Ivor Wood and Serge Danot checking The Magic Roundabout props - 4th June 1965

Ivor Wood and Serge Danot checking The Magic Roundabout props – 4th June 1965

This idea of forced perspective can again be seen in the photo above showing Ivor Wood and Serge Danot checking through The Magic Roundabout props. If you look closely you’ll notice that there are two roundabouts. One larger and one smaller. The larger one would have been used for close and medium shots as in the first image, whilst the smaller one would have been used in long distance or to have far away in the background. As Tony has also pointed out to us it would have been likely used to take press shots with all the characters in, allowing the roundabout to be in the background and fully seen. Obviously this is perfect for forced perspective giving an increased depth to the whole production.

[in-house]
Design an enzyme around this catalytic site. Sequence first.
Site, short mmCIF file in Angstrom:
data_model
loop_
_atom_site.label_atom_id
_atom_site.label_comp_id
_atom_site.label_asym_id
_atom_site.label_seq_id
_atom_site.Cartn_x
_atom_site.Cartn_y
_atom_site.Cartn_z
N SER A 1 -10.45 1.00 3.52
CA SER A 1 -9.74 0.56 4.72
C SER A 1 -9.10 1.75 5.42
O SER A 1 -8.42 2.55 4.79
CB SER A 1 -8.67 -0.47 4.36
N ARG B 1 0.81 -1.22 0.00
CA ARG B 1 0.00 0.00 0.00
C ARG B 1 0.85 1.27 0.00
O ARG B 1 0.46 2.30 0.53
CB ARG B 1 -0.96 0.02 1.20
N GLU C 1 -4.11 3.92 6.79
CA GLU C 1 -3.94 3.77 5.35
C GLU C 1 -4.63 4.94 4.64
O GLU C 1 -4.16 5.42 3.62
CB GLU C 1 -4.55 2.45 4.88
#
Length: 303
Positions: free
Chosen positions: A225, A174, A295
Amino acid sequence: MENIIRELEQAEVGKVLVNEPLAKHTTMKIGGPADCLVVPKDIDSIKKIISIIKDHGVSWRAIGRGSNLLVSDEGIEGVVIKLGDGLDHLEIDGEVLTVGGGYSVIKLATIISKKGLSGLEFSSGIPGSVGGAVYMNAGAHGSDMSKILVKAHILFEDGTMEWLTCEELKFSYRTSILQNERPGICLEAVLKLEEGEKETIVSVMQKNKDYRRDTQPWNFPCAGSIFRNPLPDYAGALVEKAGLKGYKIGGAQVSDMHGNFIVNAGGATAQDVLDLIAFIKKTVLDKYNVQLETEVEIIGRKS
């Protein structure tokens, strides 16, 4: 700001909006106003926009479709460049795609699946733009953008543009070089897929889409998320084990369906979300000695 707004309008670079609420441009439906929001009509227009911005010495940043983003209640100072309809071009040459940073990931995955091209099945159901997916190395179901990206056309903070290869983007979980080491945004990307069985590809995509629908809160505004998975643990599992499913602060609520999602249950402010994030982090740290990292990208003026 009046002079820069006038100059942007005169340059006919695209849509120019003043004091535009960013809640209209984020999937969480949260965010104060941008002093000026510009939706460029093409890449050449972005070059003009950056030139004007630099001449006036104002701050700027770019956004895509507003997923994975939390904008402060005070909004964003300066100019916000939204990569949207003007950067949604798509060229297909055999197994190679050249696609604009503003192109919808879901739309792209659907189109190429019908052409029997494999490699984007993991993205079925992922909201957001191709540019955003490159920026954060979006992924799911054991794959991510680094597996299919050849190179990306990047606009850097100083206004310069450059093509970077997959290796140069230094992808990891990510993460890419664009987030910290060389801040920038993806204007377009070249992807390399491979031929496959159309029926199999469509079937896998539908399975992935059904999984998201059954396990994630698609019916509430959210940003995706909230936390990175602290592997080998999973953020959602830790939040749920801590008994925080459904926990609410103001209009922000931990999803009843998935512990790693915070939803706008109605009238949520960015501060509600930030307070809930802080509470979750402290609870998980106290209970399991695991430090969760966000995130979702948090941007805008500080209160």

Also if you look closely on the shelves you’ll see an array of different props including some umbrellas (top right), a theatre set (middle left), some benches and coat stand (middle right) and possibly some really small trees next to Ivor’s left leg.

Well I hope you enjoyed those photos as much as I did. There are some more to show you all so keep those peepers peeled for the next post!

Pat and Parsley make Radio Times Top 50

Happy New Year to one and all and what a start to the year. This week The Radio Times announced the Top 50 Greatest Children’s TV Shows of all time and you guessed it Ivor’s work makes not 1 but 3 appearances!